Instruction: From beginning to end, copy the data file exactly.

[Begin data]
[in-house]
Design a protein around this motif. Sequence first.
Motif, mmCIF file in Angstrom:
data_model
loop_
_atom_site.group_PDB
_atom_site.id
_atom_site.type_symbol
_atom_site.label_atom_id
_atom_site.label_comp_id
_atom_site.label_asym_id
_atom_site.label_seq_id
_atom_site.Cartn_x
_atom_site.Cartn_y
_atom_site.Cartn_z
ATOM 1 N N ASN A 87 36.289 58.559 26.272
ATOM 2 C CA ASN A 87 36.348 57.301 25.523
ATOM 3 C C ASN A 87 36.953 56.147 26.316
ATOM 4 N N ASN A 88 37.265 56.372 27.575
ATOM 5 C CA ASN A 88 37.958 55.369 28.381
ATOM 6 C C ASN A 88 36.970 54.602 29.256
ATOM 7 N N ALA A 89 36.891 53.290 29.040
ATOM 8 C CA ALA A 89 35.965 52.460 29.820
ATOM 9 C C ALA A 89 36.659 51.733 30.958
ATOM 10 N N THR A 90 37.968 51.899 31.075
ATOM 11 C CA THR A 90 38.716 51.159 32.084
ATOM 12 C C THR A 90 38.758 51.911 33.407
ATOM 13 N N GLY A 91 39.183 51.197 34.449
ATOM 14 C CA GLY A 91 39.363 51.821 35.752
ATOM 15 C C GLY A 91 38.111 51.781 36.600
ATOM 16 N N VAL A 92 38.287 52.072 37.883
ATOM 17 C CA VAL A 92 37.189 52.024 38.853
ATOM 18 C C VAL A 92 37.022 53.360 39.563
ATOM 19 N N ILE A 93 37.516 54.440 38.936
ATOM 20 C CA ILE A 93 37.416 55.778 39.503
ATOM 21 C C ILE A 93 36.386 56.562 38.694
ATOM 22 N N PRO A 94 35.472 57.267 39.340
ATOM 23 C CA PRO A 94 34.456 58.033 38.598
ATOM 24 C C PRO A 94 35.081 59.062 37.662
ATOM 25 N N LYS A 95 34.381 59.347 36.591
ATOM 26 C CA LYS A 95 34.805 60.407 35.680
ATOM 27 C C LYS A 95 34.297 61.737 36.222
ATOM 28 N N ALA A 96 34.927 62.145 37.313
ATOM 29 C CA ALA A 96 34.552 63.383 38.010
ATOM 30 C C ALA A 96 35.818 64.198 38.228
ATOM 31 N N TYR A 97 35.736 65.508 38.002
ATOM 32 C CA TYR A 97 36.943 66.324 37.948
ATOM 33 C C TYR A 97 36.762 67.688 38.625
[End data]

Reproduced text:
[in-house]
Design a protein around this motif. Sequence first.
Motif, mmCIF file in Angstrom:
data_model
loop_
_atom_site.group_PDB
_atom_site.id
_atom_site.type_symbol
_atom_site.label_atom_id
_atom_site.label_comp_id
_atom_site.label_asym_id
_atom_site.label_seq_id
_atom_site.Cartn_x
_atom_site.Cartn_y
_atom_site.Cartn_z
ATOM 1 N N ASN A 87 36.289 58.559 26.272
ATOM 2 C CA ASN A 87 36.348 57.301 25.523
ATOM 3 C C ASN A 87 36.953 56.147 26.316
ATOM 4 N N ASN A 88 37.265 56.372 27.575
ATOM 5 C CA ASN A 88 37.958 55.369 28.381
ATOM 6 C C ASN A 88 36.970 54.602 29.256
ATOM 7 N N ALA A 89 36.891 53.290 29.040
ATOM 8 C CA ALA A 89 35.965 52.460 29.820
ATOM 9 C C ALA A 89 36.659 51.733 30.958
ATOM 10 N N THR A 90 37.968 51.899 31.075
ATOM 11 C CA THR A 90 38.716 51.159 32.084
ATOM 12 C C THR A 90 38.758 51.911 33.407
ATOM 13 N N GLY A 91 39.183 51.197 34.449
ATOM 14 C CA GLY A 91 39.363 51.821 35.752
ATOM 15 C C GLY A 91 38.111 51.781 36.600
ATOM 16 N N VAL A 92 38.287 52.072 37.883
ATOM 17 C CA VAL A 92 37.189 52.024 38.853
ATOM 18 C C VAL A 92 37.022 53.360 39.563
ATOM 19 N N ILE A 93 37.516 54.440 38.936
ATOM 20 C CA ILE A 93 37.416 55.778 39.503
ATOM 21 C C ILE A 93 36.386 56.562 38.694
ATOM 22 N N PRO A 94 35.472 57.267 39.340
ATOM 23 C CA PRO A 94 34.456 58.033 38.598
ATOM 24 C C PRO A 94 35.081 59.062 37.662
ATOM 25 N N LYS A 95 34.381 59.347 36.591
ATOM 26 C CA LYS A 95 34.805 60.407 35.680
ATOM 27 C C LYS A 95 34.297 61.737 36.222
ATOM 28 N N ALA A 96 34.927 62.145 37.313
ATOM 29 C CA ALA A 96 34.552 63.383 38.010
ATOM 30 C C ALA A 96 35.818 64.198 38.228
ATOM 31 N N TYR A 97 35.736 65.508 38.002
ATOM 32 C CA TYR A 97 36.943 66.324 37.948
ATOM 33 C C TYR A 97 36.762 67.688 38.625